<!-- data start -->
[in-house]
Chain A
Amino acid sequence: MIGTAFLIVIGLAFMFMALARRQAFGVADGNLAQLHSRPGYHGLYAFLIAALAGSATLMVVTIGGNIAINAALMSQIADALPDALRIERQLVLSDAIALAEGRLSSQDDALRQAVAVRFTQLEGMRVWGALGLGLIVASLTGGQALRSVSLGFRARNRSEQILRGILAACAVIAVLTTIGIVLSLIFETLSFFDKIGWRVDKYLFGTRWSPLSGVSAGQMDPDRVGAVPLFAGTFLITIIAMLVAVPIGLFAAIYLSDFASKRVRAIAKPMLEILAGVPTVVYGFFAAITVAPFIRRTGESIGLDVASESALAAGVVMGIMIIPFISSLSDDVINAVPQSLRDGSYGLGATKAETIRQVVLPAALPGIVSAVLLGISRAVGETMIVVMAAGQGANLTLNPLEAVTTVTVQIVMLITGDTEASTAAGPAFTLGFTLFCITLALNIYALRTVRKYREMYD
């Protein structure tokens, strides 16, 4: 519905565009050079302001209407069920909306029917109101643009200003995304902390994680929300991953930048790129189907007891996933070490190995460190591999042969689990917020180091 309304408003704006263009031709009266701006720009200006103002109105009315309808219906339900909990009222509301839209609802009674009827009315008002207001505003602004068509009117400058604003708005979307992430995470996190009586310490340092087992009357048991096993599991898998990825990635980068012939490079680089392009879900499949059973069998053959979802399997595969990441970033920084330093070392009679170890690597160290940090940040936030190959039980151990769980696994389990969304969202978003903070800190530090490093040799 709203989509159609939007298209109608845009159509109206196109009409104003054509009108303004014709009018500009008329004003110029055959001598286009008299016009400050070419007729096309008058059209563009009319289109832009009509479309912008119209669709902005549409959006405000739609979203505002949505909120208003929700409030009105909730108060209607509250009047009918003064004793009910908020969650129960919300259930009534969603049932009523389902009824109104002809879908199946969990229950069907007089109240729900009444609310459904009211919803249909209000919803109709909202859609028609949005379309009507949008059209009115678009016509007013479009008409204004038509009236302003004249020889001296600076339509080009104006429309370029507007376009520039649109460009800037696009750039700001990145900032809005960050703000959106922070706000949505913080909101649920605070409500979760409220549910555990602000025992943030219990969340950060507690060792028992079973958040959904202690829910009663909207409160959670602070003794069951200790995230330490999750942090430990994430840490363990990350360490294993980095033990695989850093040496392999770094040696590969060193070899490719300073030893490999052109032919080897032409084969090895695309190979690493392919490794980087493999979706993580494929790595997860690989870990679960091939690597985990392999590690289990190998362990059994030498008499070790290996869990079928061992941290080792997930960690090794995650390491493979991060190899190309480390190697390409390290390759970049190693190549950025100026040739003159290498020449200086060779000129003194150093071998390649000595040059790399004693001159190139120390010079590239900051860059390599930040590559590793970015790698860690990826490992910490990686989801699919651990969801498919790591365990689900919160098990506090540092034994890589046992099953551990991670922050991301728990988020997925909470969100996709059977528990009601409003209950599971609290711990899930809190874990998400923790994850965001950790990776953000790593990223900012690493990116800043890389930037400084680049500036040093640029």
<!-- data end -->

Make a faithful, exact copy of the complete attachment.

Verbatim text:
[in-house]
Chain A
Amino acid sequence: MIGTAFLIVIGLAFMFMALARRQAFGVADGNLAQLHSRPGYHGLYAFLIAALAGSATLMVVTIGGNIAINAALMSQIADALPDALRIERQLVLSDAIALAEGRLSSQDDALRQAVAVRFTQLEGMRVWGALGLGLIVASLTGGQALRSVSLGFRARNRSEQILRGILAACAVIAVLTTIGIVLSLIFETLSFFDKIGWRVDKYLFGTRWSPLSGVSAGQMDPDRVGAVPLFAGTFLITIIAMLVAVPIGLFAAIYLSDFASKRVRAIAKPMLEILAGVPTVVYGFFAAITVAPFIRRTGESIGLDVASESALAAGVVMGIMIIPFISSLSDDVINAVPQSLRDGSYGLGATKAETIRQVVLPAALPGIVSAVLLGISRAVGETMIVVMAAGQGANLTLNPLEAVTTVTVQIVMLITGDTEASTAAGPAFTLGFTLFCITLALNIYALRTVRKYREMYD
């Protein structure tokens, strides 16, 4: 519905565009050079302001209407069920909306029917109101643009200003995304902390994680929300991953930048790129189907007891996933070490190995460190591999042969689990917020180091 309304408003704006263009031709009266701006720009200006103002109105009315309808219906339900909990009222509301839209609802009674009827009315008002207001505003602004068509009117400058604003708005979307992430995470996190009586310490340092087992009357048991096993599991898998990825990635980068012939490079680089392009879900499949059973069998053959979802399997595969990441970033920084330093070392009679170890690597160290940090940040936030190959039980151990769980696994389990969304969202978003903070800190530090490093040799 709203989509159609939007298209109608845009159509109206196109009409104003054509009108303004014709009018500009008329004003110029055959001598286009008299016009400050070419007729096309008058059209563009009319289109832009009509479309912008119209669709902005549409959006405000739609979203505002949505909120208003929700409030009105909730108060209607509250009047009918003064004793009910908020969650129960919300259930009534969603049932009523389902009824109104002809879908199946969990229950069907007089109240729900009444609310459904009211919803249909209000919803109709909202859609028609949005379309009507949008059209009115678009016509007013479009008409204004038509009236302003004249020889001296600076339509080009104006429309370029507007376009520039649109460009800037696009750039700001990145900032809005960050703000959106922070706000949505913080909101649920605070409500979760409220549910555990602000025992943030219990969340950060507690060792028992079973958040959904202690829910009663909207409160959670602070003794069951200790995230330490999750942090430990994430840490363990990350360490294993980095033990695989850093040496392999770094040696590969060193070899490719300073030893490999052109032919080897032409084969090895695309190979690493392919490794980087493999979706993580494929790595997860690989870990679960091939690597985990392999590690289990190998362990059994030498008499070790290996869990079928061992941290080792997930960690090794995650390491493979991060190899190309480390190697390409390290390759970049190693190549950025100026040739003159290498020449200086060779000129003194150093071998390649000595040059790399004693001159190139120390010079590239900051860059390599930040590559590793970015790698860690990826490992910490990686989801699919651990969801498919790591365990689900919160098990506090540092034994890589046992099953551990991670922050991301728990988020997925909470969100996709059977528990009601409003209950599971609290711990899930809190874990998400923790994850965001950790990776953000790593990223900012690493990116800043890389930037400084680049500036040093640029």